Africa more committed to curb child brides

LUSAKA: The inaugural African Girls Summit on ending child marriage in Africa has garnered more political and economic commitment to cease the practice though slow reduction rates remain a major challenge.

Participants have vowed to redouble efforts to eliminating child marriage by 2030 as well as employ focused interventions and measures to keep girl children in school up to the age of 18.

The meeting, that drew hundreds of delegates representing African governments, ambassadors from across the globe, developmental partners as well as civil society organisations, ended last Friday with a highly ambitious outcome statement to eradicate the prevalence of child brides.

The statement which was read by South African First Lady Thobeka Madiba-Zuma, says child marriage negatively impacts on women and girls’ personal development, future opportunities, education and wellbeing. She added the practice had detrimental consequences for families, communities and nations at large.


“Recognising that the elimination of child marriage is a prerequisite for the realisation of the aspirations of the African Union (AU) Agenda 2063 and for the attainment of the Sustainable Development Goals by 2030,” said Zuma.

“We participants at the first African Girls’ Summit hereby commit to facilitate a social movement in our countries at local, regional and national levels with the participation of the youth, traditional and religious leaders, community leaders, government and CSO partners, parents and elders on ending child marriage,” said Zuma. Zuma urged all partners to collaborate towards the swift implementation of the Common African Position on Ending Child Marriage in Africa - formally adopted by the AU members in June.

United Nations Population Fund (UNFPA) regional director, Julitta Onabanjo called on Africa to further progress on the bold and far-reaching path that was set in 2013 when the AU launched the Campaign to End Child Marriage.  “We all share with our donors a common vision, commitment and an urgency to eliminate child marriage in a generation,” she said.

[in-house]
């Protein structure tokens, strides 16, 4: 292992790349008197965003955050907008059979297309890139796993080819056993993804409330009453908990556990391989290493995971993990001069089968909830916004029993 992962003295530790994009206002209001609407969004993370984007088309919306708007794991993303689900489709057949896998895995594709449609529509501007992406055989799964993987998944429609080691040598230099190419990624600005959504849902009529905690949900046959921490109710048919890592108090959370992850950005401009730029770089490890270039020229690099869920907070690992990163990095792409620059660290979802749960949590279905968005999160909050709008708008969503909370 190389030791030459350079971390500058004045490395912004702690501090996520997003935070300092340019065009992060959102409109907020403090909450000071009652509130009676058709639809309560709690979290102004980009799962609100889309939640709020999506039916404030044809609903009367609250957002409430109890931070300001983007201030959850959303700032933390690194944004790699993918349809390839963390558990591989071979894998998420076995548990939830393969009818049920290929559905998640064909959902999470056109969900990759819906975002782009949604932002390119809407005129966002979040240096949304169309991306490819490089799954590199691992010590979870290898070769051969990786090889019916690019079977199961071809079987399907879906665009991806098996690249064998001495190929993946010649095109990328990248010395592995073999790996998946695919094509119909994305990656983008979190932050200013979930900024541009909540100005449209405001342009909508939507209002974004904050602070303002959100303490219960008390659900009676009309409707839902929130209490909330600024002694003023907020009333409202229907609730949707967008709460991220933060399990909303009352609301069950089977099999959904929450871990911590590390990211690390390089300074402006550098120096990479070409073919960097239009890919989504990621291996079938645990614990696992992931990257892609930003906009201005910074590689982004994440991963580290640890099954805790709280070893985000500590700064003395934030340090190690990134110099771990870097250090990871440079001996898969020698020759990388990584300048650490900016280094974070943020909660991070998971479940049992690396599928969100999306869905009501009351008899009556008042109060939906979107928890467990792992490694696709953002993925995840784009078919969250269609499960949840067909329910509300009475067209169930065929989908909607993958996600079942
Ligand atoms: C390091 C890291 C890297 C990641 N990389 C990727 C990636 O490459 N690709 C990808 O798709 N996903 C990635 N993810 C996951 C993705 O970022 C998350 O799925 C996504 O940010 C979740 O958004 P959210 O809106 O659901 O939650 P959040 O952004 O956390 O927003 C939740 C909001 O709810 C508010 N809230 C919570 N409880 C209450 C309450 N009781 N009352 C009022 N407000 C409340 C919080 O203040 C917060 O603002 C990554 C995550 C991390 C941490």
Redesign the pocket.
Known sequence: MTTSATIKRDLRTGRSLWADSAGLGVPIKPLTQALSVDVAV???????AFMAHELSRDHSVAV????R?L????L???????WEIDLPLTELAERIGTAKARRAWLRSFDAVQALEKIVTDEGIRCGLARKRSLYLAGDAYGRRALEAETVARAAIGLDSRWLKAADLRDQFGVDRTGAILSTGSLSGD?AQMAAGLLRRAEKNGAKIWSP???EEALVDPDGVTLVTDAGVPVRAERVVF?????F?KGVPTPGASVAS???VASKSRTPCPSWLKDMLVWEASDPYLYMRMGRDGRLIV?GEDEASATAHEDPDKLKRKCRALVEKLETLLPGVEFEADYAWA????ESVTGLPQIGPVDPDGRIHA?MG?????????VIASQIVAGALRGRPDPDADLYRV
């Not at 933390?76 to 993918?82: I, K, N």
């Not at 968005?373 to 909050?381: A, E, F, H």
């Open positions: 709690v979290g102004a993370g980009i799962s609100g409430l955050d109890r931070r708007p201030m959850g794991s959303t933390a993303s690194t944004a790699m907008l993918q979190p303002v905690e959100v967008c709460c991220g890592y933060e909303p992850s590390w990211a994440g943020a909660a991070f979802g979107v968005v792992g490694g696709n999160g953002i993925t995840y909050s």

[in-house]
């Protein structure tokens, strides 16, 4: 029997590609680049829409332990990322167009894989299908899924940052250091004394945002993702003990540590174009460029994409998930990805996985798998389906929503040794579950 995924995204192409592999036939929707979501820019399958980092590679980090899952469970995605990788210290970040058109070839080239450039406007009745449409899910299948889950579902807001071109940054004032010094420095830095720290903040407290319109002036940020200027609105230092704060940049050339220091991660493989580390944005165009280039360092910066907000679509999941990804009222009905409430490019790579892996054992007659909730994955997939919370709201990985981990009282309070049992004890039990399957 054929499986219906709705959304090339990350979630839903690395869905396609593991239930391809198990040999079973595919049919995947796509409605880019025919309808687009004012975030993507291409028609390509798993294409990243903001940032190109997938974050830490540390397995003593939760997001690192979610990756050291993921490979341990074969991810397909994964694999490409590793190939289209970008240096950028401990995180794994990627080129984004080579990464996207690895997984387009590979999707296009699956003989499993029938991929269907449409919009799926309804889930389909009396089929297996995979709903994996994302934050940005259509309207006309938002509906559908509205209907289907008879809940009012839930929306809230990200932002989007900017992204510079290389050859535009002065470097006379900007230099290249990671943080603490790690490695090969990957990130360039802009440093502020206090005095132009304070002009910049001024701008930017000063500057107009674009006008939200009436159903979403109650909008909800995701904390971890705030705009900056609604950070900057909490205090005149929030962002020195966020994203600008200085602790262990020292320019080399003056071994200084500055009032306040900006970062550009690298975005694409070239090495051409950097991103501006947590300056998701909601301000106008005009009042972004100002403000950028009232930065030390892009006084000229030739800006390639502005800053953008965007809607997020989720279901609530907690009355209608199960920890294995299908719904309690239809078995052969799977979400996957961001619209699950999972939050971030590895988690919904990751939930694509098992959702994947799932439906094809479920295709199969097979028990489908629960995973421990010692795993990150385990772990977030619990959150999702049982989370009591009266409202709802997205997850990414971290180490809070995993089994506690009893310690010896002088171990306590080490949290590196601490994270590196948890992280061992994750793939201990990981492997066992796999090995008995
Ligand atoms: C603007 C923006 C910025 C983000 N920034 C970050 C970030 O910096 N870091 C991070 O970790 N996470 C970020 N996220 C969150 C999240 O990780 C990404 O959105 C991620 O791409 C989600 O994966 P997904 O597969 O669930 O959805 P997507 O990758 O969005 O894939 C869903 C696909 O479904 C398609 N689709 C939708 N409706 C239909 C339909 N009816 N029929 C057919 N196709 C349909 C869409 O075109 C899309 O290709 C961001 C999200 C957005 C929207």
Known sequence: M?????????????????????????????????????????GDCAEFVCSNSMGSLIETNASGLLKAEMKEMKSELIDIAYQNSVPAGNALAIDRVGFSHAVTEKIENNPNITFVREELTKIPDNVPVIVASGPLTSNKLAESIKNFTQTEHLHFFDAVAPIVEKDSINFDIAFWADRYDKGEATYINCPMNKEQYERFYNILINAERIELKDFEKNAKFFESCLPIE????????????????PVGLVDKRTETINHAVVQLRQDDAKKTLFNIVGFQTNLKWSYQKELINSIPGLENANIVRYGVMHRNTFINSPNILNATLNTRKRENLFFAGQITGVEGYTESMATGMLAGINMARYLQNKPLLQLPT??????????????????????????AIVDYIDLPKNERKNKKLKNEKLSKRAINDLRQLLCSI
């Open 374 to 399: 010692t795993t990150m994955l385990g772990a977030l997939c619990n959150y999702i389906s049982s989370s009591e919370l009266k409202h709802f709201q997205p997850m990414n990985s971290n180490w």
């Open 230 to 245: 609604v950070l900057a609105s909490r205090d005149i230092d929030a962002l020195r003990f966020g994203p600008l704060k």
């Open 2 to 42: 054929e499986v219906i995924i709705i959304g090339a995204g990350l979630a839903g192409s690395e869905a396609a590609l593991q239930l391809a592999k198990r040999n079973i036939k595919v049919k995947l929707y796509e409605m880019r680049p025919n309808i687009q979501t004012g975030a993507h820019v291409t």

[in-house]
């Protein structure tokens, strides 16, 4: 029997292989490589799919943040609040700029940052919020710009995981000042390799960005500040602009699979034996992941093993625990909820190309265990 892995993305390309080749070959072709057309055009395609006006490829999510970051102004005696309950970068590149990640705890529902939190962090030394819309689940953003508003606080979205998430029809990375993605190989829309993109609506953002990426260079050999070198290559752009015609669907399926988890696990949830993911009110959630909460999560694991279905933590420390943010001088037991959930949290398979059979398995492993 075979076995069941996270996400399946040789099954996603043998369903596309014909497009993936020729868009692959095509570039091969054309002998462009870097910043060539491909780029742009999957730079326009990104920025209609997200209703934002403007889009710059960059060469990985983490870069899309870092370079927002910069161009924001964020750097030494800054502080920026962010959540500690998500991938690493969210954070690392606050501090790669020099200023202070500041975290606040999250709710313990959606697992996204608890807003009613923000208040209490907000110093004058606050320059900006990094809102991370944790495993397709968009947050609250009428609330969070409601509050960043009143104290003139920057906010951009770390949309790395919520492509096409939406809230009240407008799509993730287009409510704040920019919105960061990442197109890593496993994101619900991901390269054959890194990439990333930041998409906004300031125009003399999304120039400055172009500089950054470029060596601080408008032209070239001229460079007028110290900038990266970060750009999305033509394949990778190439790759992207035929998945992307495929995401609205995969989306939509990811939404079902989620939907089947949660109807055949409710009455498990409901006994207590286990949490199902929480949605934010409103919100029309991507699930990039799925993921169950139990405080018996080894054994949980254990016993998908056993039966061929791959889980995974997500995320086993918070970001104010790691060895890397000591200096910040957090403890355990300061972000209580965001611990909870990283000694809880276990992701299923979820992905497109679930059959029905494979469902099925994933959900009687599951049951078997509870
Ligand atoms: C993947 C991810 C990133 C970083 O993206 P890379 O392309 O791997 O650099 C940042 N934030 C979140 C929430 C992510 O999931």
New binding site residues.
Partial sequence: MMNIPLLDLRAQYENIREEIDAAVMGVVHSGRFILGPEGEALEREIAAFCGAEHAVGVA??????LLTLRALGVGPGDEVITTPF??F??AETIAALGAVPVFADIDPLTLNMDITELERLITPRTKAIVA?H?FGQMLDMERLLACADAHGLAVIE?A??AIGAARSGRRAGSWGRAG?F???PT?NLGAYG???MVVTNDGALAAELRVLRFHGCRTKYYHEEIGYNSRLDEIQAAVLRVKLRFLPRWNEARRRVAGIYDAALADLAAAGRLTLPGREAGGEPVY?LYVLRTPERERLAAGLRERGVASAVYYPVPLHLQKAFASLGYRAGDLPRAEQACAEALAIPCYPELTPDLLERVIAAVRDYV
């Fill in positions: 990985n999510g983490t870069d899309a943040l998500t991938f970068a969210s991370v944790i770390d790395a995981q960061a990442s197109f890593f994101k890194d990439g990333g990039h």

According to Onabanjo, the summit underscored that a safe and successful passage from adolescence into adulthood is the right of every young person, unfortunately that right has not been fulfilled particularly for adolescent girls.

“It is totally not acceptable that one in three girls in low and middle income countries are married before they are 18, and one in nine by age 15.  In the course of this year alone, about 14.2 million girls will become child brides,” she said.  Of the 41 countries with a child marriage prevalence rate of 30 percent or more, 30 are in Africa and all were represented at the summit.

“Nine out of 10 teen births occur in the context of child marriage.  These teen pregnancies, especially first time pregnancies are associated with high rates of maternal mortality due to amongst other causes, obstructed labour and pregnancy induced hypertension as well as morbidity,” Onabanjo said.

Despite the revived commitment, a UNICEF report released last week presents a gloomy picture.

It forecasts that if growth rates are not reduced, the number of child brides in Africa could more than double in three decades.  Titled ‘A Profile Of Child Marriage In Africa’ the report found that while rates of child marriage in other regions were dropping, Africa’s reduction was very slow. In addition to a rising population, the number of child brides would rise to a potential 310 million by 2050, as opposed to an estimated 125 million today.

An estimated 700 million girls and women who were married before their 18th birthday are alive today; 17 percent of them live in Africa.

Editor's Comment
What about employees in private sector?

How can this be achieved when there already is little care about the working conditions of those within the private sector employ?For a long time, private sector employees have been neglected by their employers, not because they cannot do better to care for them, but because they take advantage of government's laxity when it comes to protecting and advocating for public sector employees, giving the cue to employers within the private sector...

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